Solicitors of Record:

Miller Thomson, Regina, Saskatchewan, for the appellant, Gilles Caron;

University of Ottawa, Ottawa, Ontario; Mintz Law, Edmonton; Power Law, Ottawa, Ontario, for the appellant, Pierre Boutet;

McLennan Ross, Edmonton, Alberta; Alberta Justice, Edmonton, Alberta, for the respondent;

Attorney General of Canada, Ottawa, Ontario, for the intervener, the Attorney General of Canada;

Attorney General for Saskatchewan, Regina, Saskatchewan, for the intervener, the Attorney General for Saskatchewan;

Dentons Canada, Edmonton, Alberta, for the interveners, the Alberta Catholic School Trustees' Association, Conseil scolaire Centre-Nord No. 2 and Denis Lefebvre;

Power Law, Vancouver, British Columbia and Ottawa, Ontario, for the intervener, Association canadienne-française de l'Alberta;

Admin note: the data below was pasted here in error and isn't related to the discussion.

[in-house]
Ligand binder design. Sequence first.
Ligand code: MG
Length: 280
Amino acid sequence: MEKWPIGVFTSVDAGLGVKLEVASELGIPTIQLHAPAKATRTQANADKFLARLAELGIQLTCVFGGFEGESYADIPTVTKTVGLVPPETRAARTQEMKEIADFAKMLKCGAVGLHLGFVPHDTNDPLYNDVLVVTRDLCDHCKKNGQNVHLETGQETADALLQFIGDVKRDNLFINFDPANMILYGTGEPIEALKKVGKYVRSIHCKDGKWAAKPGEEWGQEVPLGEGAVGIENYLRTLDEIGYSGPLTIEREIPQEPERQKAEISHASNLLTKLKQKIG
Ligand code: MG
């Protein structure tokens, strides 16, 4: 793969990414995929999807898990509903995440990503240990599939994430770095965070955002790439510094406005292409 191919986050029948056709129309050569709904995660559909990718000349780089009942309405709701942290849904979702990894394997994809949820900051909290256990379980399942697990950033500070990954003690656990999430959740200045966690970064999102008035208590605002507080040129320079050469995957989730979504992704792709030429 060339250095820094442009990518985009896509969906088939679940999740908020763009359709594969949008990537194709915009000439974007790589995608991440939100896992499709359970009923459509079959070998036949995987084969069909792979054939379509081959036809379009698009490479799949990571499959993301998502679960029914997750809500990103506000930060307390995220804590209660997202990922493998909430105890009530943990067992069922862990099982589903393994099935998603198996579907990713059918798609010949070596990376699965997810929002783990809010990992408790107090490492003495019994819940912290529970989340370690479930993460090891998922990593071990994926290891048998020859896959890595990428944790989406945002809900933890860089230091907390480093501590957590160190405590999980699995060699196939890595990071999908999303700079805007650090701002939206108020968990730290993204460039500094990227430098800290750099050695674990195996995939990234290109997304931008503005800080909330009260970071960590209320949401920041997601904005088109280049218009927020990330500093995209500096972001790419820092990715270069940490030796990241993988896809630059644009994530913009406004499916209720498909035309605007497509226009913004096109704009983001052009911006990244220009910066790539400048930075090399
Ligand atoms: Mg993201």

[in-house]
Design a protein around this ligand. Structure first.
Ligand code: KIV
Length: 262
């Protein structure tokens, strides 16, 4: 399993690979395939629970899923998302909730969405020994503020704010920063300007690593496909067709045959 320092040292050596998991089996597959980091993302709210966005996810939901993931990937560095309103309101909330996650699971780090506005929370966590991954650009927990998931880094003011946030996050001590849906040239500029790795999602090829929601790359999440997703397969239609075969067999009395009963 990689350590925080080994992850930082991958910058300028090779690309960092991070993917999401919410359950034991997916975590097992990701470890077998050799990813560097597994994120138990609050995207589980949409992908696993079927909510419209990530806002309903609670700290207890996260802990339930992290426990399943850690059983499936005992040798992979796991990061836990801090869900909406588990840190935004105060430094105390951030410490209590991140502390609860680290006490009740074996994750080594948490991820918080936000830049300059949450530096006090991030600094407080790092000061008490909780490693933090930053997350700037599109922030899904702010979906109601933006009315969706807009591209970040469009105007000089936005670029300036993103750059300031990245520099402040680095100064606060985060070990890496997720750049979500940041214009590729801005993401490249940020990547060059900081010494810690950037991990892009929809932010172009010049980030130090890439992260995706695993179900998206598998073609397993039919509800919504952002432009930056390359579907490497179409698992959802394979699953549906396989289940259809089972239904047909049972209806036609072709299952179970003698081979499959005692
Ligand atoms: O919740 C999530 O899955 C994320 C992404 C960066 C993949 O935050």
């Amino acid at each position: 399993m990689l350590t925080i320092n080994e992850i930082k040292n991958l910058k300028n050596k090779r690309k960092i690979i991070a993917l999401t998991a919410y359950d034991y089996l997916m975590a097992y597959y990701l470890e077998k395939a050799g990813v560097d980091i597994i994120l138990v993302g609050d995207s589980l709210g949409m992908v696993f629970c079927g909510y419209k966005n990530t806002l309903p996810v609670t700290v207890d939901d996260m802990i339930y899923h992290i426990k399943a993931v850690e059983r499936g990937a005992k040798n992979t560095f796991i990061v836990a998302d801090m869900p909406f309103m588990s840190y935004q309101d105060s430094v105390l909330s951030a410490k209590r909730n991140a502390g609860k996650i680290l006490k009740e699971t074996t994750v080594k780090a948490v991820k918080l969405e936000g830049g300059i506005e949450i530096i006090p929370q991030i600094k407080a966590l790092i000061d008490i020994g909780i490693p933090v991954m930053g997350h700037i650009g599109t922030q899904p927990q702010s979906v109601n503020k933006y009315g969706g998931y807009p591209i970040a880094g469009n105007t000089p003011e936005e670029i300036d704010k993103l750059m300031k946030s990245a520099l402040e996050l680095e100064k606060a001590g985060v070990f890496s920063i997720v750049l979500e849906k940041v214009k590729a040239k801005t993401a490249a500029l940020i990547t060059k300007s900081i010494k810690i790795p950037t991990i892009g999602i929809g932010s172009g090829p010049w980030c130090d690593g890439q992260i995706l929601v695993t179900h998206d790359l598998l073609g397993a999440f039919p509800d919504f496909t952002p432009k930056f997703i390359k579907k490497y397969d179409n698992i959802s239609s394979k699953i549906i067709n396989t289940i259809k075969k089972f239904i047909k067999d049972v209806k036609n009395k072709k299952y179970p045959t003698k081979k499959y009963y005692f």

Commissioner of Official Languages of Canada, Gatineau, Quebec, for the intervener, the Commissioner of Official Languages of Canada;

Miller Thomson, Regina, Saskatchewan, for the intervener, Assemblée communautaire fransaskoise;

Nicolas M. Rouleau, Toronto, Ontario, for the intervener, Fédération des associations de juristes d'expression française de common law inc.

This appeal was heard on February 13, 2015, before McLachlin, C.J.C., Abella, Rothstein, Cromwell, Moldaver, Karakatsanis, Wagner, Gascon and Côté, JJ., of the Supreme Court of Canada.

On November 20, 2015, the judgment of the Supreme Court of Canada was delivered in both official languages and the following opinions were filed:

Cromwell and Karakatsanis, JJ. (McLachlin, C.J.C., Rothstein, Moldaver and Gascon, JJ., concurring) - see paragraphs 1 to 114;

Wagner and Côté, JJ. (Abella, J., concurring), dissenting - see paragraphs 115 to 244.